Mythological Context

As the final entry in Aeschylus’ Oresteia trilogy, the Eumenides covers Orestes’ experiences following the events of the previous play, the Libation Bearers. In the Libation Bearers, Orestes returns to Argos after a long exile to punish his mother Clytemnestra and her lover Aegisthus for their murder of his father Agamemnon (Agamemnon’s death, in turn, is the central event of the Agamemnon, the first play of the Oresteia). 

By the end of the Libation Bearers, Orestes has successfully enacted his revenge; but by shedding the blood of his own mother, he incurs the wrath of the Erinyes, the Underworld goddesses responsible for pursuing murderers.

The Eumenides—which begins at an unspecified time after Orestes’ murder of Clytemnestra and Aegisthus—describes Orestes’ journey to Athens. There he is finally acquitted of his crimes through a trial at the Areopagus. Orestes’ acquittal breaks the cycle of violence and retribution that has haunted his family for generations. 

While the first two plays of the Oresteia closely follow events from Homer’s Odyssey, the Eumenides is not indebted to Homer in the same way. In fact, the play sometimes contradicts details from Homer’s account. For example, while Homer has Orestes travel from Athens to kill Aegisthus and Clytemnestra, Aeschylus’ Eumenides depicts him coming to Athens only after he has carried out his revenge.[1]

Other key details from Aeschylus’ play—such as Apollo commanding Orestes to avenge his father, and the Erinyes pursuing Orestes after the fact—are absent from Homer’s epics. Aeschylus probably based the plot of his Eumenides on the works of Stesichorus and Semonides, both of whom seem to have had Apollo advise Orestes on how to avenge his murdered father. Apollo’s role in the myth is also hinted at in Pindar’s eleventh Pythian Ode.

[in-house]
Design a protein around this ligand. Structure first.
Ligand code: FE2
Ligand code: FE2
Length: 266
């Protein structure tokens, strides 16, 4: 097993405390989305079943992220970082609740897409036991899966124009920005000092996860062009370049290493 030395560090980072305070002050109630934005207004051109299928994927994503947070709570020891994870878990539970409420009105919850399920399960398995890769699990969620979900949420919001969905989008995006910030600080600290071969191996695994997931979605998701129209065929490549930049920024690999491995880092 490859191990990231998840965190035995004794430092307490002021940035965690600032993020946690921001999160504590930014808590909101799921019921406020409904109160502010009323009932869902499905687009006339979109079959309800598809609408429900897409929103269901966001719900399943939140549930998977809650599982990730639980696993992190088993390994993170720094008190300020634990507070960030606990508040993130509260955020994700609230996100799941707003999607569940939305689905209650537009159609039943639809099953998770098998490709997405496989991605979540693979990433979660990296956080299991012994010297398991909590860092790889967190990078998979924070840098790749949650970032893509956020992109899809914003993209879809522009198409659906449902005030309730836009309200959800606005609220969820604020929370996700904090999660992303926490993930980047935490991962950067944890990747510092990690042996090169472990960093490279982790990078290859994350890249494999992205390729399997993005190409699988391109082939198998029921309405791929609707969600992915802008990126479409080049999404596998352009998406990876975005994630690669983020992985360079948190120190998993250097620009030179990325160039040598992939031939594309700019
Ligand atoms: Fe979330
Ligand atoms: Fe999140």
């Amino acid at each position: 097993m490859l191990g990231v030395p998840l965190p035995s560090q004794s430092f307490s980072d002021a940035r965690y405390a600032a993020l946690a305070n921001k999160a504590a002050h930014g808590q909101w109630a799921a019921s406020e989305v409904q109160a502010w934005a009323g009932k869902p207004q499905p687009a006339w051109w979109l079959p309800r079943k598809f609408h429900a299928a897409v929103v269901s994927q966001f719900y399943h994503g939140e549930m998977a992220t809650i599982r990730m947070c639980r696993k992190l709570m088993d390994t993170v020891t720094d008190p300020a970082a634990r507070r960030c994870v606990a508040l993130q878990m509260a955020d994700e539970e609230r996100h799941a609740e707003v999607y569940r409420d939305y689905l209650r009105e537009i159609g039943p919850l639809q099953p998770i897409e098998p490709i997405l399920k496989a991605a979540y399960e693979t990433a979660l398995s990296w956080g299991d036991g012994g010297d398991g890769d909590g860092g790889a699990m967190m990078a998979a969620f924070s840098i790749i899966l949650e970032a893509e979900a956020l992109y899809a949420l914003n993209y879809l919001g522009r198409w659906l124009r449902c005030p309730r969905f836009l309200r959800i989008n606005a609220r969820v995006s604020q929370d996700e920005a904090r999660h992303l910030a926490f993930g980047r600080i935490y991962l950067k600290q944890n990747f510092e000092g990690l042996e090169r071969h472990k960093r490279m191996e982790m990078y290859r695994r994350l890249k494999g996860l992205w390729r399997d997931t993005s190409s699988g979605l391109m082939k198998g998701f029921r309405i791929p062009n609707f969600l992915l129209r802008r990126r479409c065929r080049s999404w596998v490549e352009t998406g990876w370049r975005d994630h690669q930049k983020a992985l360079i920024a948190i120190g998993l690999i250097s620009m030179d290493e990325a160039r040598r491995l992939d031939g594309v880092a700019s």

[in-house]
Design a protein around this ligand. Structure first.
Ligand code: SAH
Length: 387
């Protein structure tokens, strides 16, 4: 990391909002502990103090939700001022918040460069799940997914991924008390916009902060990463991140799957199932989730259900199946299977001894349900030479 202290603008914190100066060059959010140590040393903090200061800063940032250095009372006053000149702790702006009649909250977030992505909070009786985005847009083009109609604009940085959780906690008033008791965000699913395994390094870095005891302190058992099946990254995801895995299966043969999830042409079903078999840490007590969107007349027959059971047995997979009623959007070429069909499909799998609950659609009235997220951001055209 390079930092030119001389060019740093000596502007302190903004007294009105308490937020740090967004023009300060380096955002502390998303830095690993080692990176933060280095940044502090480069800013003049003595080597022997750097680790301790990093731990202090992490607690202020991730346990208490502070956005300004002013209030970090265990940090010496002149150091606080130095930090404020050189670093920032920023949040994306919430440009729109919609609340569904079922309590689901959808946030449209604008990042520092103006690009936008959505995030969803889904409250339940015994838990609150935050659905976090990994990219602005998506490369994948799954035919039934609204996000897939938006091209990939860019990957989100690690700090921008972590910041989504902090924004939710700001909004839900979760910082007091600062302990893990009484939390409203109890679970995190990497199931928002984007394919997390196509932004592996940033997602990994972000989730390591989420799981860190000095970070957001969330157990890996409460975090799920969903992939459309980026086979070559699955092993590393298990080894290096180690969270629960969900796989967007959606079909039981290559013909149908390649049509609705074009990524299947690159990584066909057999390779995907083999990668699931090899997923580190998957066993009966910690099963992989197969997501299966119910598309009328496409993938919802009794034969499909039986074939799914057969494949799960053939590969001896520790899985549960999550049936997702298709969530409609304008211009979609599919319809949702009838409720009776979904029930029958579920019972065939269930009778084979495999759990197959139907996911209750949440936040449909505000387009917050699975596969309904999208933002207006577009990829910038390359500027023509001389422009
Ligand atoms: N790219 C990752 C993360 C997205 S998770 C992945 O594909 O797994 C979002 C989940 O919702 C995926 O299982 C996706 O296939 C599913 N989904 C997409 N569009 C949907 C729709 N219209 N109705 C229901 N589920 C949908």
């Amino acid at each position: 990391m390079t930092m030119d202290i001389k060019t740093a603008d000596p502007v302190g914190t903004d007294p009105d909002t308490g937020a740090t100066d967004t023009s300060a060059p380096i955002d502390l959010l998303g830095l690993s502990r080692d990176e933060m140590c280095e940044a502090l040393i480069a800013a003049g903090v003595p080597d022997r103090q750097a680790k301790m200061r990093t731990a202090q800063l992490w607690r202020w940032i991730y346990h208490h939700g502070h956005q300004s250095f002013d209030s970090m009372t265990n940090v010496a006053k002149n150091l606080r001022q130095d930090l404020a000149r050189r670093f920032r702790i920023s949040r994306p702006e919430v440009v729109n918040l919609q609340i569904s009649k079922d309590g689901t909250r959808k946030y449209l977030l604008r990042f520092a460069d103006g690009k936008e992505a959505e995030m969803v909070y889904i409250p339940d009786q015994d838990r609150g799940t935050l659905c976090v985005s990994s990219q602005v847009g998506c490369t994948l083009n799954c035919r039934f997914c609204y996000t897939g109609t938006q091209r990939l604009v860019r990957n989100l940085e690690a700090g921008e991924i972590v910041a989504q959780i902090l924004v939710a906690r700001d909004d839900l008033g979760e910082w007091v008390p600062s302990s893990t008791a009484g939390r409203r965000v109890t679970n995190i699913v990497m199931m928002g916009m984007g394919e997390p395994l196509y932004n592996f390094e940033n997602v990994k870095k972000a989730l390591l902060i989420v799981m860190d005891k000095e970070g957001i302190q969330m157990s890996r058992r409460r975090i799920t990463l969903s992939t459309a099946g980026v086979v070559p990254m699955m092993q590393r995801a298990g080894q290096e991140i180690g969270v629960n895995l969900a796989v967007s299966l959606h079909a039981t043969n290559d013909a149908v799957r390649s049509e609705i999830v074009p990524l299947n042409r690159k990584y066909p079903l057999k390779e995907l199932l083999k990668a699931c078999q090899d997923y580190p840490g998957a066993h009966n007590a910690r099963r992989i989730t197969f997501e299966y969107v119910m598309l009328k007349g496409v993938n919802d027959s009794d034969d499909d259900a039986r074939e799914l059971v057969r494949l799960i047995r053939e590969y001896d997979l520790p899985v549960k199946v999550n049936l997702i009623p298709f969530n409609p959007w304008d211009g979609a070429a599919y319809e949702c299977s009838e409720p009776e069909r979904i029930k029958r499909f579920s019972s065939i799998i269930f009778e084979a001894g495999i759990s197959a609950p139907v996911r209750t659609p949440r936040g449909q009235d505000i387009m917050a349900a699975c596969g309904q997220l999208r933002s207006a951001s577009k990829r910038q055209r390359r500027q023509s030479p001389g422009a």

Fresco of Apollo

Augustan fresco showing Apollo with a kithara from the House of the Scalae Caci on the Palatine Hill in Rome

Palatine Museum, Rome / Dody escouade deltaPublic Domain

Later in the play, it is said that Orestes will protect the Athenians after his death. This was probably modeled on the belief, reported by Herodotus, that it was the Spartans’ recovery of the gigantic bones of Orestes that allowed them to prevail in their war with Tegea.[2]

The protection of a specific city from the grave was an important function of Greek heroes, and Orestes represents a magnification of that function, protecting not only his own city of Argos (or Mycenae, according to some accounts) but also allied cities as well (whether Athens or Sparta).